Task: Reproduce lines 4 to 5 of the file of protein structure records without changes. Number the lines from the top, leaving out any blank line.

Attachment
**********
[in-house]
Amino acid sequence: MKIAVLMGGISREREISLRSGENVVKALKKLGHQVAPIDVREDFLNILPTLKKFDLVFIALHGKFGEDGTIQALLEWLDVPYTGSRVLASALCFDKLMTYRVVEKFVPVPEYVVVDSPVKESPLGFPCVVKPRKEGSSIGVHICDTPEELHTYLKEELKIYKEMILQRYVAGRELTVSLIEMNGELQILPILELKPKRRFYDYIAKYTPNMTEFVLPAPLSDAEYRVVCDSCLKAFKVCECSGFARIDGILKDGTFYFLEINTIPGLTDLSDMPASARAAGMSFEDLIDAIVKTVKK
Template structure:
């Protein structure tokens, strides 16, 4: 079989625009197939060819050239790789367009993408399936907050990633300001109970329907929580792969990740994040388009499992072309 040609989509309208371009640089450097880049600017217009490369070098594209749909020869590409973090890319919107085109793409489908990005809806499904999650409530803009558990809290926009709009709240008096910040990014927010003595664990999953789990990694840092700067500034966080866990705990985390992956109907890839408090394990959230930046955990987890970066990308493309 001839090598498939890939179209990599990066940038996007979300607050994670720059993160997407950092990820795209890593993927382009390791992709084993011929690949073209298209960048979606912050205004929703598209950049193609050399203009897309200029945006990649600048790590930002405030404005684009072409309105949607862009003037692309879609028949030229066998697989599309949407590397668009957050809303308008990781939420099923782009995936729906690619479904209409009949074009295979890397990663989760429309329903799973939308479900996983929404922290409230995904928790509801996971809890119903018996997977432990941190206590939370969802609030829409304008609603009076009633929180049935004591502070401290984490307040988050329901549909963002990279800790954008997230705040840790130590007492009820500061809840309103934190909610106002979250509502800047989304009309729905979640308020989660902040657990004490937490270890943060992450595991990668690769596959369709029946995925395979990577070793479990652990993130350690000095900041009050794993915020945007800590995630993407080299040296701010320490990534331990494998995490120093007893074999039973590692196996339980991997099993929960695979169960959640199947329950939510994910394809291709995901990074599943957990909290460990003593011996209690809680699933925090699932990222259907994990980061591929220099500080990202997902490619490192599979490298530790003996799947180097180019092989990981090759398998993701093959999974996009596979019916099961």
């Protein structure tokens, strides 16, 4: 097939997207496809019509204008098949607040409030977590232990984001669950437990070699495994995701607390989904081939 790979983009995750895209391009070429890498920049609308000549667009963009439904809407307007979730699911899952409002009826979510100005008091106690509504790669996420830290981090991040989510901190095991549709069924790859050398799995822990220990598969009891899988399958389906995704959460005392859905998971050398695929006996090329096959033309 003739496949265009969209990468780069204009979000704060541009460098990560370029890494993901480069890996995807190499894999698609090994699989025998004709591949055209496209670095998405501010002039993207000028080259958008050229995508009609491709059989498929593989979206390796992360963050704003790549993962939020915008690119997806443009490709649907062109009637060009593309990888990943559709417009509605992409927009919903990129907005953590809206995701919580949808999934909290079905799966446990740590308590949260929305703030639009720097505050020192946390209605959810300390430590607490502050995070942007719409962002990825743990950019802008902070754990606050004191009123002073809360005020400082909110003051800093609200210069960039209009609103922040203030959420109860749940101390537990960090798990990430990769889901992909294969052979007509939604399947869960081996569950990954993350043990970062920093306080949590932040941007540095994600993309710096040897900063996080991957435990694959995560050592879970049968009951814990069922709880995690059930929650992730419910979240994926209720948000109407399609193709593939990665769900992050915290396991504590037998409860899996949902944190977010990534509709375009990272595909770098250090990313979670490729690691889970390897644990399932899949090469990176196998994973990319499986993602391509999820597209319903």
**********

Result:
């Protein structure tokens, strides 16, 4: 079989625009197939060819050239790789367009993408399936907050990633300001109970329907929580792969990740994040388009499992072309 040609989509309208371009640089450097880049600017217009490369070098594209749909020869590409973090890319919107085109793409489908990005809806499904999650409530803009558990809290926009709009709240008096910040990014927010003595664990999953789990990694840092700067500034966080866990705990985390992956109907890839408090394990959230930046955990987890970066990308493309 001839090598498939890939179209990599990066940038996007979300607050994670720059993160997407950092990820795209890593993927382009390791992709084993011929690949073209298209960048979606912050205004929703598209950049193609050399203009897309200029945006990649600048790590930002405030404005684009072409309105949607862009003037692309879609028949030229066998697989599309949407590397668009957050809303308008990781939420099923782009995936729906690619479904209409009949074009295979890397990663989760429309329903799973939308479900996983929404922290409230995904928790509801996971809890119903018996997977432990941190206590939370969802609030829409304008609603009076009633929180049935004591502070401290984490307040988050329901549909963002990279800790954008997230705040840790130590007492009820500061809840309103934190909610106002979250509502800047989304009309729905979640308020989660902040657990004490937490270890943060992450595991990668690769596959369709029946995925395979990577070793479990652990993130350690000095900041009050794993915020945007800590995630993407080299040296701010320490990534331990494998995490120093007893074999039973590692196996339980991997099993929960695979169960959640199947329950939510994910394809291709995901990074599943957990909290460990003593011996209690809680699933925090699932990222259907994990980061591929220099500080990202997902490619490192599979490298530790003996799947180097180019092989990981090759398998993701093959999974996009596979019916099961």
């Protein structure tokens, strides 16, 4: 097939997207496809019509204008098949607040409030977590232990984001669950437990070699495994995701607390989904081939 790979983009995750895209391009070429890498920049609308000549667009963009439904809407307007979730699911899952409002009826979510100005008091106690509504790669996420830290981090991040989510901190095991549709069924790859050398799995822990220990598969009891899988399958389906995704959460005392859905998971050398695929006996090329096959033309 003739496949265009969209990468780069204009979000704060541009460098990560370029890494993901480069890996995807190499894999698609090994699989025998004709591949055209496209670095998405501010002039993207000028080259958008050229995508009609491709059989498929593989979206390796992360963050704003790549993962939020915008690119997806443009490709649907062109009637060009593309990888990943559709417009509605992409927009919903990129907005953590809206995701919580949808999934909290079905799966446990740590308590949260929305703030639009720097505050020192946390209605959810300390430590607490502050995070942007719409962002990825743990950019802008902070754990606050004191009123002073809360005020400082909110003051800093609200210069960039209009609103922040203030959420109860749940101390537990960090798990990430990769889901992909294969052979007509939604399947869960081996569950990954993350043990970062920093306080949590932040941007540095994600993309710096040897900063996080991957435990694959995560050592879970049968009951814990069922709880995690059930929650992730419910979240994926209720948000109407399609193709593939990665769900992050915290396991504590037998409860899996949902944190977010990534509709375009990272595909770098250090990313979670490729690691889970390897644990399932899949090469990176196998994973990319499986993602391509999820597209319903």